Within the past few months there has been much conversation in the popular press about the ROI – return on investment –for a college education. While much of this analysis rests on a simple average salary to cost of education ratio – we believe that there are more, and more nuanced ways to determine the gains a graduate gets from his or her college education.
As you begin or continue the college search process with your student, keep these thoughts in mind:
- Students go to college for more than preparation for a good job. Yes, getting a job after college is important – but the larger reasons to go are to gain the skills to insure financial independence, become accomplished in one’s chosen career and to find ways to be happy – to be fulfilled. Don’t let a focus on the fabulous job the top student in a class at College X blind you, and your student, to the results for the bulk of the graduates.
- There is tons of research about What Matters in College. In fact, that phrase is the title of a book written by Alexander W. Astin which defines the educational experiences leading to a successful college experience. Look for college programs built upon inter-active teaching and learning, evaluations that rely upon written and oral expression (not just true false or multiple choice), strong mentoring and advising, and opportunities for involvement and leadership in extra-curricular activities. In other words, look for places where students and faculty are engaged – with each other!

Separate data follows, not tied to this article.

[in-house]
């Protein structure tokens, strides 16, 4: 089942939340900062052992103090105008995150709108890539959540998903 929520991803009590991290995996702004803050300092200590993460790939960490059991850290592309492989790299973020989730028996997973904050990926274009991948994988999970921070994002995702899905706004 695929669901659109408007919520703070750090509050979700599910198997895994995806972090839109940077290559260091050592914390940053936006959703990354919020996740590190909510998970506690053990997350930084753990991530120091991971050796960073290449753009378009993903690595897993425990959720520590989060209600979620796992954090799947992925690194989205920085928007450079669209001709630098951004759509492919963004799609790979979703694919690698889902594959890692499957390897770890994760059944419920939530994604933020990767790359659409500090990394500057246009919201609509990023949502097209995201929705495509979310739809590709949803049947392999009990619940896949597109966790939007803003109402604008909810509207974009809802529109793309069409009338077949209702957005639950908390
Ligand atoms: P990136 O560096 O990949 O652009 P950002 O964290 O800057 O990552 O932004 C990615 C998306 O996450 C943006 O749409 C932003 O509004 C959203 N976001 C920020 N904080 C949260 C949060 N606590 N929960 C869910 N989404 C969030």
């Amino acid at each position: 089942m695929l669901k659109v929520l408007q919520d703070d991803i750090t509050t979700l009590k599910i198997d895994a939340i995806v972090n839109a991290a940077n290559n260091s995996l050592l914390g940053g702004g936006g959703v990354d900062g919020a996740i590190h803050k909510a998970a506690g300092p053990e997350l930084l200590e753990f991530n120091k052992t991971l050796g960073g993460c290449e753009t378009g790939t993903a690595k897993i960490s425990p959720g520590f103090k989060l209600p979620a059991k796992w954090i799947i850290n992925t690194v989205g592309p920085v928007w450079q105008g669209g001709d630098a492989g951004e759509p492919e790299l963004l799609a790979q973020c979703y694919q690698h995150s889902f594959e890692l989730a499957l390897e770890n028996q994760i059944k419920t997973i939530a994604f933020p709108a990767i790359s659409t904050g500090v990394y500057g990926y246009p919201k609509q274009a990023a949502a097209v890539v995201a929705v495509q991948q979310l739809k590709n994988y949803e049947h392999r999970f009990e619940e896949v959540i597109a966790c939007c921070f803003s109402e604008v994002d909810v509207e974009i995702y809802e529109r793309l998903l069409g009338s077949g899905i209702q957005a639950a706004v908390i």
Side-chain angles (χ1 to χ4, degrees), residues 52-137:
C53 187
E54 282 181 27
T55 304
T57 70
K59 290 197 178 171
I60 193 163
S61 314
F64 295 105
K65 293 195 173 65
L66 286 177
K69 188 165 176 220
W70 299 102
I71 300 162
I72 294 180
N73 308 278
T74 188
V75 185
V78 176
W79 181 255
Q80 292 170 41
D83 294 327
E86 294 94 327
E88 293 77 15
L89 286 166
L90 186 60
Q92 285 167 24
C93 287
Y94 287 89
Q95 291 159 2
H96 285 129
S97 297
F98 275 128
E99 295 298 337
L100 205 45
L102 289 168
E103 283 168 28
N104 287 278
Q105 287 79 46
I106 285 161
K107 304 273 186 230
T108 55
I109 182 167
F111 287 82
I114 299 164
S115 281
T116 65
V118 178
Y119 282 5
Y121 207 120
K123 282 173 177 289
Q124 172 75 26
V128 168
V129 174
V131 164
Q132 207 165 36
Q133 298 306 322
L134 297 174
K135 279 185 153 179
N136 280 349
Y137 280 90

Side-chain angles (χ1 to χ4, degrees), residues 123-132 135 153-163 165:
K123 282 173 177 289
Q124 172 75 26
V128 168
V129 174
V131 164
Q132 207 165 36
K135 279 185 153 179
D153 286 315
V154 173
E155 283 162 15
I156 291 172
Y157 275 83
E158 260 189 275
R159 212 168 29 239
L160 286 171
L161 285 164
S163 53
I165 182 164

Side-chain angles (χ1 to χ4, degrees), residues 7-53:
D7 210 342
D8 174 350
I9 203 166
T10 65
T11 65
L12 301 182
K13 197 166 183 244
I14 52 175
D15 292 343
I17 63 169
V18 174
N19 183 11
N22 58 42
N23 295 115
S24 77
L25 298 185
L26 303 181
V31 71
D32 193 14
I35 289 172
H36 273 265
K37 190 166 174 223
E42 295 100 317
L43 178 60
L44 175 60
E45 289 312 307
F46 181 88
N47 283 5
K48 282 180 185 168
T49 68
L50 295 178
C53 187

- One of the Best Bets colleges we profile in our book, The Financial Aid Handbook, is St. Olaf College in Northfield, Minnesota. A recent addition to the College’s website is a section about the ROI of a St. Olaf education. Take a look at it to gain a strong sense of ways in which the investment in a college education can be measured – or at least considered.
- And finally, remember that you, as parents, must balance the financial investment you make in your student’s college education with the other investments you need to make for your own retirement, health care and basic living expenses. Don’t bet the farm and over-commit to your student’s dream school if it means putting your own financial welfare at risk. Do make investment in the education experience a priority – more important than a new car, dinners out or buying more “stuff.” Be willing to pay for the advantages of a college that embraces your student and has an involved, enthusiastic faculty and staff, as opposed to a college that may welcome your student, but force her to find and create meaningful interactions.
Carol Stack and Ruth Vedvik, seasoned college admission and financial aid professionals, are the authors of The Financial Aid Handbook: Getting the Education You Want for the Price You Can Afford.
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